Swimming Salad

Thursday, July 29, 2010

For the past year or so, we’ve had a meat club subscription from (to?) Marin Sun Farms. Lately-- say the last 3 months or so-- “the box” has become our sole source of meat. No extra steak, no sausage for the heck of it, no chicken breasts cause I feel a little lazy.

While it can be a little burdensome/constraining (the meat is frozen and we don’t have a microwave, and our freezer is pretty small, plus, I do like a chicken breast on a whim once in a while), it general it’s been really great. The subscription has allowed me to keep really close watch on our food costs. And I feel good about knowing exactly where all our meat came from, that it is humanely raised with no freaky hormones/drugs. And, it’s the best lamb I’ve ever had, close to perfect pork, excellent steak, and wonderful eggs.

What has surprised me more is how the box has affected my cooking habits and recipe experimentation. We get a package that includes about 5 lbs of ground meat and 2 lbs of “steaks” (steak, but also pork chops, lamb chops, chicken breasts, etc.... so far,though, we’ve only ever gotten steak). That is a lot of hamburgers if you break 5 lbs down to 1/4-1/3 lb per person. And 2 lbs of steak across 2.5 people works out to weird portions, too.

So, now we have a weekly burger night-- we’ve gotten to the point where it’s homemade burger, homemade ketchup, homemade pickle (actually I like Happy Girl's better than my own...), homemade buns (M makes them-- fabulously-- using this recipe). I haven’t tried making mustard yet. But it’s a fun game, just how much of it can we make ourselves-- it relieves what for me would otherwise be the tedium of having to eat a burger every week.

And I’ve gotten pretty good with making beef tacos, we have nachos, I mix some beef into a version of bolognese (I guess I really should call it sugo). But we still have a freezer full of ground beef. I am thinking maybe we need to have a hamburger party. With the ground pork, I’ve learned how to make chorizo verde, created a vietnamese burger recipe, and eaten way to many pork balls (my childhood favorite).

Meanwhile, steak is on the other end of the spectrum. M loves steak and would happily eat a pound to himself every week. However, he’d rather have a steak every week than the whole pound-- frequency is more important than quantity. So I prepare 1 or 2 packages a week (depending on the portion size packaged, which can really vary) carefully, and make interesting side dishes, and a desert.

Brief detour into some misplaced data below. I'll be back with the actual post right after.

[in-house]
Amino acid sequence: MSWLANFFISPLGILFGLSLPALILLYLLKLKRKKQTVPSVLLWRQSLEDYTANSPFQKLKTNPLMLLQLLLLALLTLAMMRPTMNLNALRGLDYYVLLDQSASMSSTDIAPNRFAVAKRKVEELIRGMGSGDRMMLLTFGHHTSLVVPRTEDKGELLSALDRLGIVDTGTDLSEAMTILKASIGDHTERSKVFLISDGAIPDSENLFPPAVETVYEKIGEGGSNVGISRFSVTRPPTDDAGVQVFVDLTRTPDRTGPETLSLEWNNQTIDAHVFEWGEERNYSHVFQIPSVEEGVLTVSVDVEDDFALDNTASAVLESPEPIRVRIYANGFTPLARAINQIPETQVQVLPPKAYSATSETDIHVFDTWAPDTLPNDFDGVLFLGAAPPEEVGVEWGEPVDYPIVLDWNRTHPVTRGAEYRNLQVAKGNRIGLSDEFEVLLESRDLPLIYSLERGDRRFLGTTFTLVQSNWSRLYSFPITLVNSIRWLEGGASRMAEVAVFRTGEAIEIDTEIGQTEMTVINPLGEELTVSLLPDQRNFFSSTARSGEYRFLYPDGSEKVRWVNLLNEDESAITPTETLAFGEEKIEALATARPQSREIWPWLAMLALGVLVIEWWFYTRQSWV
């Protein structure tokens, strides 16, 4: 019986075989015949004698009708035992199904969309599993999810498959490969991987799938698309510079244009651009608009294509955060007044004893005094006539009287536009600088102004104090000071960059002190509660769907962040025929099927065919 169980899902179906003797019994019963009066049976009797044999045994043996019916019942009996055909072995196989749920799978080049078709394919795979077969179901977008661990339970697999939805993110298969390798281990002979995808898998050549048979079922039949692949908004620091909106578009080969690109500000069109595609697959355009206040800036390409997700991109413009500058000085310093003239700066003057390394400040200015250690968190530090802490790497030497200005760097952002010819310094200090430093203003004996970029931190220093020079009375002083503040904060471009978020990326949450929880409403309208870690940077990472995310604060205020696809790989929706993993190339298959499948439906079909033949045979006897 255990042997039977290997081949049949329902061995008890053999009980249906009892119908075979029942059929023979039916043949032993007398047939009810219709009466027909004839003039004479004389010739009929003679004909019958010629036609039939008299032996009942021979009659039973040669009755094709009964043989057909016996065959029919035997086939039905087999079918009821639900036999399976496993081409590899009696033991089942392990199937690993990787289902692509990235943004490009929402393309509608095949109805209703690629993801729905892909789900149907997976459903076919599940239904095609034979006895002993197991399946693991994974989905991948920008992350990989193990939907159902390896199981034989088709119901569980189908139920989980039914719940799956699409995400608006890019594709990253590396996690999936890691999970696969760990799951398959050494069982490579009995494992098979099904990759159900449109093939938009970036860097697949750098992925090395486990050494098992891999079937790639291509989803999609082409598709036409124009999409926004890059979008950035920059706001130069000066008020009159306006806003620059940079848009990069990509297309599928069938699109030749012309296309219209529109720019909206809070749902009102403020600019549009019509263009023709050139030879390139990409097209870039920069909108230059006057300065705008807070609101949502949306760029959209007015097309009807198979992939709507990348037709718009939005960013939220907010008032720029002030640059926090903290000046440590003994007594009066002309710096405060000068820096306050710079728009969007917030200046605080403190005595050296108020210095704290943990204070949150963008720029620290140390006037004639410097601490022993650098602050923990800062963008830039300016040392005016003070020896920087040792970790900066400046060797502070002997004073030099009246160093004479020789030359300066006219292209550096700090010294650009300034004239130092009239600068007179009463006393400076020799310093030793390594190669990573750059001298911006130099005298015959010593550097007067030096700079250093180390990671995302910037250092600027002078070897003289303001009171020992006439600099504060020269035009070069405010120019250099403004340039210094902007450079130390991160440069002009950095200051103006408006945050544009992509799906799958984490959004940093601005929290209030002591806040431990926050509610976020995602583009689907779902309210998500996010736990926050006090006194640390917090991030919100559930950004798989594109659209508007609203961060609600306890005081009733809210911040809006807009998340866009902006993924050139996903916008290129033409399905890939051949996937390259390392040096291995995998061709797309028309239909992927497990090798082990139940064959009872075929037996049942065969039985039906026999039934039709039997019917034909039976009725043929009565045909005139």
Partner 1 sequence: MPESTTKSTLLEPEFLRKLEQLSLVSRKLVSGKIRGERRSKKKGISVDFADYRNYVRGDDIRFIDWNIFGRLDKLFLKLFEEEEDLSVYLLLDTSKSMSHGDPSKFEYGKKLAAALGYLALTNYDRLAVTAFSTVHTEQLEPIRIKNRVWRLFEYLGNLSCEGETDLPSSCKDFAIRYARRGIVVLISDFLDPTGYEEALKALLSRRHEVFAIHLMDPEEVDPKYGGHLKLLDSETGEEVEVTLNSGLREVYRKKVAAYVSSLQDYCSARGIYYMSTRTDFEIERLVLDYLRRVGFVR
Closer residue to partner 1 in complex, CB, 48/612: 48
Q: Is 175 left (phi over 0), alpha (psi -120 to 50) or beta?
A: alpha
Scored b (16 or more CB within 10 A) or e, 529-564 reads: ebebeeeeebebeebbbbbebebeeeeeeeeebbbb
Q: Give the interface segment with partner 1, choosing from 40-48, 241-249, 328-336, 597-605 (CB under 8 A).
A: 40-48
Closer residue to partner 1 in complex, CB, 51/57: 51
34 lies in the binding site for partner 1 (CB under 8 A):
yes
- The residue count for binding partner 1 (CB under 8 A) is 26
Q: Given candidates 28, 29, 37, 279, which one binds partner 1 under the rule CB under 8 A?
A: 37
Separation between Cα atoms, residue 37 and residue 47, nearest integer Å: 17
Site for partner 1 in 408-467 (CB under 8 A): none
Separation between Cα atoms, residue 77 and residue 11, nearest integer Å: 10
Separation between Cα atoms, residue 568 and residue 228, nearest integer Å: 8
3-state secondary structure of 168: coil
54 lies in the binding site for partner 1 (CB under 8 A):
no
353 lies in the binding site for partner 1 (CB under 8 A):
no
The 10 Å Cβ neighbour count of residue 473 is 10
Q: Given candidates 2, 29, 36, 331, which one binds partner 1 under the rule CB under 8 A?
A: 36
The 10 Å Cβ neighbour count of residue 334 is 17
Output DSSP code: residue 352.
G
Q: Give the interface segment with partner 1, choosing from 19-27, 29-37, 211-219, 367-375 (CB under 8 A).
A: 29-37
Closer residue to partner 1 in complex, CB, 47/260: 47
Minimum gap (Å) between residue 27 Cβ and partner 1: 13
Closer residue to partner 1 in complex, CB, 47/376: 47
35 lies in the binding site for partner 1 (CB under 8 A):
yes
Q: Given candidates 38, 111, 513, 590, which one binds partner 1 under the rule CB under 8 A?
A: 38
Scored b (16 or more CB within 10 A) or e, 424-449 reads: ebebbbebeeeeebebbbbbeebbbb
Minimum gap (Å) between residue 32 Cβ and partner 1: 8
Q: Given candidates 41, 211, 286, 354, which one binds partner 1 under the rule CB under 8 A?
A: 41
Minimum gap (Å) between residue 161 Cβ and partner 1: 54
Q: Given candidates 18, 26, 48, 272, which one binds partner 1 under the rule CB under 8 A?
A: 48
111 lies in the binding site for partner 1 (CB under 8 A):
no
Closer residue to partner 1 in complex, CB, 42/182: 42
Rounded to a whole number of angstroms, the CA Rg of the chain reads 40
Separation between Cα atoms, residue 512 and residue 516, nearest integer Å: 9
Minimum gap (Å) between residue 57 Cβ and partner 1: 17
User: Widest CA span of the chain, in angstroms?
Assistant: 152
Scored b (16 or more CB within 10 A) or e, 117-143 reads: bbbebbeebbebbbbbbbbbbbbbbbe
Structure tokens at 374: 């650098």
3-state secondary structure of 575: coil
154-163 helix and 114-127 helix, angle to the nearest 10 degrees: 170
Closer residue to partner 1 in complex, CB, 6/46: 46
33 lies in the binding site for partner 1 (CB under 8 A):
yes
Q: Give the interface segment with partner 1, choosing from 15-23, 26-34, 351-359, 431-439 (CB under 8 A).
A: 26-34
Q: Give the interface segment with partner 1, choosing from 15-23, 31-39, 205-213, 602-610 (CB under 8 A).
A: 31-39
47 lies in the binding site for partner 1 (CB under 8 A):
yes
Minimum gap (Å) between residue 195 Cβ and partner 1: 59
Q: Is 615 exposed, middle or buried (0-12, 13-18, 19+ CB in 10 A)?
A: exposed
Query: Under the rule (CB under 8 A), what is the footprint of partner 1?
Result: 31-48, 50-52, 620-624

On hot weekends (all three of them!) this has been sunday dinner: some homemade hummus and toasted pita, a few roasted peppers eaten with a glass of wine while the rib eye or new york strip marinates; boiled new potatoes with lots of salt and cracked coriander, anchovy butter for the steak, cherry tomato and sliced green bean salad, walnut cake.

Ironically, after this sort of meal we often end up with leftover steak. Which we all love in a lentil salad for a quick supper later in the week, or for a picnic lunch on Saturday. For me, lentil salad is one of the emblematic foods of summer. And it is perfect for a picnic-- bright and tangy, but packing a protein punch-- good fuel for a few more hours of swimming or hiking, and no carbs to slow things down (the midday summer sun is enough to make me want to nap, anyway!).

Lentil and Steak Salad
1 c lentils
4 tbs red wine vinegar or 2 tbs red wine and 2 tbs tarragon vinegar
3 tbs extra virgin olive oil
~ 2 diced shallots (a little less than a quarter cup), or 2 tbs red onions or 3 tbs scallions
3 tbs chopped parsley
1 tbs to 1/2 c chopped steak (if you have less than a 1/4 c, increase the olive oil a little, to taste)

Sort and rinse the lentils: depending on where you got them,there will be some pebbles mixed in here. I live black (beluga) or green (de puy) types of lentils the best. I don’t think you are supposed to, but I mix a little of each together to get to 1 c.
Put the lentils in a sauce pan and cover with about 3 inches of water, bring to a boil. Turn heat down to a simmer, and cook, without a top. This step is really variable-- some lentils cook in 10 minutes, others in 30. Set a timer for 10 minutes and check every 5-10 minutes after that.
When they are done, drain loosely, i.e. it’s ok for the lentils to be damp-- don’t be too aggressive, you want some extra water.
Immediately toss the lentils with 2 tbs red wine vinegar salt and pepper-- this sort of locks in the flavors, I think the lentils absorb some of the vinegar and it keeps them from turning to mush.
Let sit while you chop up the other ingredients.
Add the olive oil, shallot, 2 tbs more vinegar (or less, to taste-- and here I prefer tarragon vinegar to red wine, gives it all a little kick), parsely and steak. Stir to combine.

lamb + cilantro + red onion + lemon (instead of steak, parsley, shallots and tarragon vinegar); salmon + chives + scallions + lemon;
goat cheese (1/4 c) + tarragon or parsley + shallots + your choice of vinegar.

I haven’t tried it with chicken breast, but I don’t think it would be a great flavor/texture combination. You want a protein with a more robust flavor and a defined texture-- in fact, I’d go easy on mixing in the salmon for that reason-- ust lightly, and ad the end, after all other ingredients are in and seasonings adjusted.

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